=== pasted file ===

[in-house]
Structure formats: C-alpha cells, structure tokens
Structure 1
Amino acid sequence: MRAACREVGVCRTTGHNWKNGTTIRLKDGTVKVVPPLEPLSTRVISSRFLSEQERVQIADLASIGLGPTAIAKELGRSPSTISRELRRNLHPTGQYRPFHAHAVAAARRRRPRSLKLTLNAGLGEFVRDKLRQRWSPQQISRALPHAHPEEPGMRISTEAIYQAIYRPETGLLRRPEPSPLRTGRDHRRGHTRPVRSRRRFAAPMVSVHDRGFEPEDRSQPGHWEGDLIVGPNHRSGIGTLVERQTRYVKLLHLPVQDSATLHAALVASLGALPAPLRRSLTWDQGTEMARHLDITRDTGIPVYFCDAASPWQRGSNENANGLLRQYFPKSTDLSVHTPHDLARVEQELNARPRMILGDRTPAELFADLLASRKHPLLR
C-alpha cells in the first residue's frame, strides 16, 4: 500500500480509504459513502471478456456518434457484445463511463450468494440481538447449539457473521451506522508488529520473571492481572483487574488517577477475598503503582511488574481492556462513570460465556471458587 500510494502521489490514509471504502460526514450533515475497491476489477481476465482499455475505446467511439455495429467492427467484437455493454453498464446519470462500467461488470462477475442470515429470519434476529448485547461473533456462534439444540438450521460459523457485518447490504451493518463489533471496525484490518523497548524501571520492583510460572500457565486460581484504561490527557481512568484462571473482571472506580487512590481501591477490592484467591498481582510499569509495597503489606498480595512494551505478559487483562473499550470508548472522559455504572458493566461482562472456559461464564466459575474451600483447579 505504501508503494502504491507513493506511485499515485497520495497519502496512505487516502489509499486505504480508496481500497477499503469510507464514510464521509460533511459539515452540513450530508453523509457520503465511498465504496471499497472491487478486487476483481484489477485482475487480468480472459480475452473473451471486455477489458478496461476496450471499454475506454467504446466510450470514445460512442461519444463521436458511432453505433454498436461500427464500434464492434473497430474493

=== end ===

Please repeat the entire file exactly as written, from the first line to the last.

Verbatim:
[in-house]
Structure formats: C-alpha cells, structure tokens
Structure 1
Amino acid sequence: MRAACREVGVCRTTGHNWKNGTTIRLKDGTVKVVPPLEPLSTRVISSRFLSEQERVQIADLASIGLGPTAIAKELGRSPSTISRELRRNLHPTGQYRPFHAHAVAAARRRRPRSLKLTLNAGLGEFVRDKLRQRWSPQQISRALPHAHPEEPGMRISTEAIYQAIYRPETGLLRRPEPSPLRTGRDHRRGHTRPVRSRRRFAAPMVSVHDRGFEPEDRSQPGHWEGDLIVGPNHRSGIGTLVERQTRYVKLLHLPVQDSATLHAALVASLGALPAPLRRSLTWDQGTEMARHLDITRDTGIPVYFCDAASPWQRGSNENANGLLRQYFPKSTDLSVHTPHDLARVEQELNARPRMILGDRTPAELFADLLASRKHPLLR
C-alpha cells in the first residue's frame, strides 16, 4: 500500500480509504459513502471478456456518434457484445463511463450468494440481538447449539457473521451506522508488529520473571492481572483487574488517577477475598503503582511488574481492556462513570460465556471458587 500510494502521489490514509471504502460526514450533515475497491476489477481476465482499455475505446467511439455495429467492427467484437455493454453498464446519470462500467461488470462477475442470515429470519434476529448485547461473533456462534439444540438450521460459523457485518447490504451493518463489533471496525484490518523497548524501571520492583510460572500457565486460581484504561490527557481512568484462571473482571472506580487512590481501591477490592484467591498481582510499569509495597503489606498480595512494551505478559487483562473499550470508548472522559455504572458493566461482562472456559461464564466459575474451600483447579 505504501508503494502504491507513493506511485499515485497520495497519502496512505487516502489509499486505504480508496481500497477499503469510507464514510464521509460533511459539515452540513450530508453523509457520503465511498465504496471499497472491487478486487476483481484489477485482475487480468480472459480475452473473451471486455477489458478496461476496450471499454475506454467504446466510450470514445460512442461519444463521436458511432453505433454498436461500427464500434464492434473497430474493